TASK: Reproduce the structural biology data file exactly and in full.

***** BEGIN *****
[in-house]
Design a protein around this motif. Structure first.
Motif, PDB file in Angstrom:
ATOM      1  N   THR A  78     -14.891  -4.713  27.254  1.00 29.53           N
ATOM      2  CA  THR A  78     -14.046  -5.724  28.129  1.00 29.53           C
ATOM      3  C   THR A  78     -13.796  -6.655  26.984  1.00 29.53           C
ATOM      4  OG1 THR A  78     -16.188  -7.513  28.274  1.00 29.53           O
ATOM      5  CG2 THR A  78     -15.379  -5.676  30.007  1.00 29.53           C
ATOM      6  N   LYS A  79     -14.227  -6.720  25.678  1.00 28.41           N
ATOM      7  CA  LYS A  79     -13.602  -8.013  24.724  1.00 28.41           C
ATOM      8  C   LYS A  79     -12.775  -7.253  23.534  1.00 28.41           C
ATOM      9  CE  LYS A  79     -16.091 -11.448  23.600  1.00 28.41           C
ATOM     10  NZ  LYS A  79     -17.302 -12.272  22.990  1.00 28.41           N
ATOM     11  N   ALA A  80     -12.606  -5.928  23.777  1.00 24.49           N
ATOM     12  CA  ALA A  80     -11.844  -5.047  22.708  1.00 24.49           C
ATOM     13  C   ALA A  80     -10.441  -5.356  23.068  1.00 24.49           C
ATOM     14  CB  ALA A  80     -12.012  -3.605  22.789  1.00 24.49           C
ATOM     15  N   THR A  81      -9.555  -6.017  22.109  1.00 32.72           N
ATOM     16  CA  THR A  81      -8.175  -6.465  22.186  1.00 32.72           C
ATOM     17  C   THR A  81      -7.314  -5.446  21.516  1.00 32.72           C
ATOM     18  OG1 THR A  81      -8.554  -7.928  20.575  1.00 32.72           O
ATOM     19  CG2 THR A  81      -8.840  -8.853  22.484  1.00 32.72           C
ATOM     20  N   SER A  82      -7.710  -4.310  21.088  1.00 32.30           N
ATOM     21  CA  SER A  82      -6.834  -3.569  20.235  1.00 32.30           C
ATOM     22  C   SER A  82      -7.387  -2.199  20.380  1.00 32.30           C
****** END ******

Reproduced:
[in-house]
Design a protein around this motif. Structure first.
Motif, PDB file in Angstrom:
ATOM      1  N   THR A  78     -14.891  -4.713  27.254  1.00 29.53           N
ATOM      2  CA  THR A  78     -14.046  -5.724  28.129  1.00 29.53           C
ATOM      3  C   THR A  78     -13.796  -6.655  26.984  1.00 29.53           C
ATOM      4  OG1 THR A  78     -16.188  -7.513  28.274  1.00 29.53           O
ATOM      5  CG2 THR A  78     -15.379  -5.676  30.007  1.00 29.53           C
ATOM      6  N   LYS A  79     -14.227  -6.720  25.678  1.00 28.41           N
ATOM      7  CA  LYS A  79     -13.602  -8.013  24.724  1.00 28.41           C
ATOM      8  C   LYS A  79     -12.775  -7.253  23.534  1.00 28.41           C
ATOM      9  CE  LYS A  79     -16.091 -11.448  23.600  1.00 28.41           C
ATOM     10  NZ  LYS A  79     -17.302 -12.272  22.990  1.00 28.41           N
ATOM     11  N   ALA A  80     -12.606  -5.928  23.777  1.00 24.49           N
ATOM     12  CA  ALA A  80     -11.844  -5.047  22.708  1.00 24.49           C
ATOM     13  C   ALA A  80     -10.441  -5.356  23.068  1.00 24.49           C
ATOM     14  CB  ALA A  80     -12.012  -3.605  22.789  1.00 24.49           C
ATOM     15  N   THR A  81      -9.555  -6.017  22.109  1.00 32.72           N
ATOM     16  CA  THR A  81      -8.175  -6.465  22.186  1.00 32.72           C
ATOM     17  C   THR A  81      -7.314  -5.446  21.516  1.00 32.72           C
ATOM     18  OG1 THR A  81      -8.554  -7.928  20.575  1.00 32.72           O
ATOM     19  CG2 THR A  81      -8.840  -8.853  22.484  1.00 32.72           C
ATOM     20  N   SER A  82      -7.710  -4.310  21.088  1.00 32.30           N
ATOM     21  CA  SER A  82      -6.834  -3.569  20.235  1.00 32.30           C
ATOM     22  C   SER A  82      -7.387  -2.199  20.380  1.00 32.30           C